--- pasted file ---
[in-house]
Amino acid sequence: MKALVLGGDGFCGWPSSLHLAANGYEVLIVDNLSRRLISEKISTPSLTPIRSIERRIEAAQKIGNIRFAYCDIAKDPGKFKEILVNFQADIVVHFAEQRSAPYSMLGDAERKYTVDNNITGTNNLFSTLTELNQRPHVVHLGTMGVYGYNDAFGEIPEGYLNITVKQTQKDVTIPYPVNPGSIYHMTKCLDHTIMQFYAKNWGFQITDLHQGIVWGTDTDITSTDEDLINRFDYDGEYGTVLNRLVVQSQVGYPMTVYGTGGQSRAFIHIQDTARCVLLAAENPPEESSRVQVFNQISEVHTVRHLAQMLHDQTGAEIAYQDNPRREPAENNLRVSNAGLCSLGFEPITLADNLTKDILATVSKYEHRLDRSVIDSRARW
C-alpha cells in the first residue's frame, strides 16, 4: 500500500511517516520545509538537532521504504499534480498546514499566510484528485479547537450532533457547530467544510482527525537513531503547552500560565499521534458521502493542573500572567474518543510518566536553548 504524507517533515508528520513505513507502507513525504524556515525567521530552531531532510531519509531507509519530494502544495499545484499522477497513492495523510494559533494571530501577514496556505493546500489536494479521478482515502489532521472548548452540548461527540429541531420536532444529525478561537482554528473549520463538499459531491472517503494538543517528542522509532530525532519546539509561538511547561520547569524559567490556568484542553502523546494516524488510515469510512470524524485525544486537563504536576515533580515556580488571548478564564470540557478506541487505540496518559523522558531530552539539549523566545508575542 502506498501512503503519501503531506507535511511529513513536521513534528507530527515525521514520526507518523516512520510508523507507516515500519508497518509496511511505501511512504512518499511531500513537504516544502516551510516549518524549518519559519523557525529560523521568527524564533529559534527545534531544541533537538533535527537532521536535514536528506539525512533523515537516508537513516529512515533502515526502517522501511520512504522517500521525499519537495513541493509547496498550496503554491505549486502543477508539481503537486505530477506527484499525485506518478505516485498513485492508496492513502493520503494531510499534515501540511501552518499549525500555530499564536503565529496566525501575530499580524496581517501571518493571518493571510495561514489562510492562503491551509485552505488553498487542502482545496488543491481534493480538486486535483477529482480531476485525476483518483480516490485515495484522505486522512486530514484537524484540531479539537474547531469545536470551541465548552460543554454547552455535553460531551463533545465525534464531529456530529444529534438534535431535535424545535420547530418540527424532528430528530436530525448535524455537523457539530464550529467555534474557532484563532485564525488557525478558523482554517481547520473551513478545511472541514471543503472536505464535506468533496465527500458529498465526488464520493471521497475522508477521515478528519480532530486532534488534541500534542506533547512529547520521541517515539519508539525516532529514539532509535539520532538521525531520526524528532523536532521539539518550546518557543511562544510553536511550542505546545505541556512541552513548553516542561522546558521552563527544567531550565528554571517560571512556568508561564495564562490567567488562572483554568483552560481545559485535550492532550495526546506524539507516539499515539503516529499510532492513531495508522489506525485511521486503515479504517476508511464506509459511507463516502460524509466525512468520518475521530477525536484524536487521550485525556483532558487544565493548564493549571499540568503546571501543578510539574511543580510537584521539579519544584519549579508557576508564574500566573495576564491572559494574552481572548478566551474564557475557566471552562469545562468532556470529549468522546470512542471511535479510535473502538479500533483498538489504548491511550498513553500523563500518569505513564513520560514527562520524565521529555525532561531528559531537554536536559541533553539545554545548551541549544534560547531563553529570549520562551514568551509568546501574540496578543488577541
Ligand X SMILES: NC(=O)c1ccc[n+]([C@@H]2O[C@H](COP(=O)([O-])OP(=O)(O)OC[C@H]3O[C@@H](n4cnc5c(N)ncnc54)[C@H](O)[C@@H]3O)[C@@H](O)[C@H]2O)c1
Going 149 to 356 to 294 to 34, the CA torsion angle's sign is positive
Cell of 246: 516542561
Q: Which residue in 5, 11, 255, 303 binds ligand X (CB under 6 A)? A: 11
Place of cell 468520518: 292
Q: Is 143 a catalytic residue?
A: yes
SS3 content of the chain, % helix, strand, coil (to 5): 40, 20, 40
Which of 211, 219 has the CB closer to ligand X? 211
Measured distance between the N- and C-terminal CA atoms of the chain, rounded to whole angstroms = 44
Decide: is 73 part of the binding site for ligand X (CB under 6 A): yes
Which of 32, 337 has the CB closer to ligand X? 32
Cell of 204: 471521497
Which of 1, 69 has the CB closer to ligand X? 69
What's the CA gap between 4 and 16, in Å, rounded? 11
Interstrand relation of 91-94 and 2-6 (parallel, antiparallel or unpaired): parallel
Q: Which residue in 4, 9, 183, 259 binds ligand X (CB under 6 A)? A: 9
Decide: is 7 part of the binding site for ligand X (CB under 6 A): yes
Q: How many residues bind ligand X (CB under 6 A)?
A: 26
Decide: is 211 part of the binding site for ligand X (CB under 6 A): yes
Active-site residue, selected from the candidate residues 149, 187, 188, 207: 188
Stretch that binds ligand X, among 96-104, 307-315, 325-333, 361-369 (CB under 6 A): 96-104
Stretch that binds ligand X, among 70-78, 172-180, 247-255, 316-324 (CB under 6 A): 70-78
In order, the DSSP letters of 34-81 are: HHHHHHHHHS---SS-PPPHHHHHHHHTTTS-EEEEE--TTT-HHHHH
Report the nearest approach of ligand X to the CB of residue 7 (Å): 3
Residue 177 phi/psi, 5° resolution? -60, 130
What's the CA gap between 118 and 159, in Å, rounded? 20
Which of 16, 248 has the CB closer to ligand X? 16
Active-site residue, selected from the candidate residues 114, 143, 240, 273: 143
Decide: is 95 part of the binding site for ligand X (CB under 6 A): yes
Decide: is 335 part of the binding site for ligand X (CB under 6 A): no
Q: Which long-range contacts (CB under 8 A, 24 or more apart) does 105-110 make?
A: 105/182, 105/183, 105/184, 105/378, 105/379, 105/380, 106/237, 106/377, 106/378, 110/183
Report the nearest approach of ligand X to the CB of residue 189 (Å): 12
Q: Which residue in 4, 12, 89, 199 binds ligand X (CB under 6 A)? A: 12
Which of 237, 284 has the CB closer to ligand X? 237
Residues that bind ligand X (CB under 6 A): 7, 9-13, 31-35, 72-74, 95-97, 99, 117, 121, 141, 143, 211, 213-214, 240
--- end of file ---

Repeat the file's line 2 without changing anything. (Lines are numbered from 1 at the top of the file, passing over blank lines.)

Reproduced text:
Amino acid sequence: MKALVLGGDGFCGWPSSLHLAANGYEVLIVDNLSRRLISEKISTPSLTPIRSIERRIEAAQKIGNIRFAYCDIAKDPGKFKEILVNFQADIVVHFAEQRSAPYSMLGDAERKYTVDNNITGTNNLFSTLTELNQRPHVVHLGTMGVYGYNDAFGEIPEGYLNITVKQTQKDVTIPYPVNPGSIYHMTKCLDHTIMQFYAKNWGFQITDLHQGIVWGTDTDITSTDEDLINRFDYDGEYGTVLNRLVVQSQVGYPMTVYGTGGQSRAFIHIQDTARCVLLAAENPPEESSRVQVFNQISEVHTVRHLAQMLHDQTGAEIAYQDNPRREPAENNLRVSNAGLCSLGFEPITLADNLTKDILATVSKYEHRLDRSVIDSRARW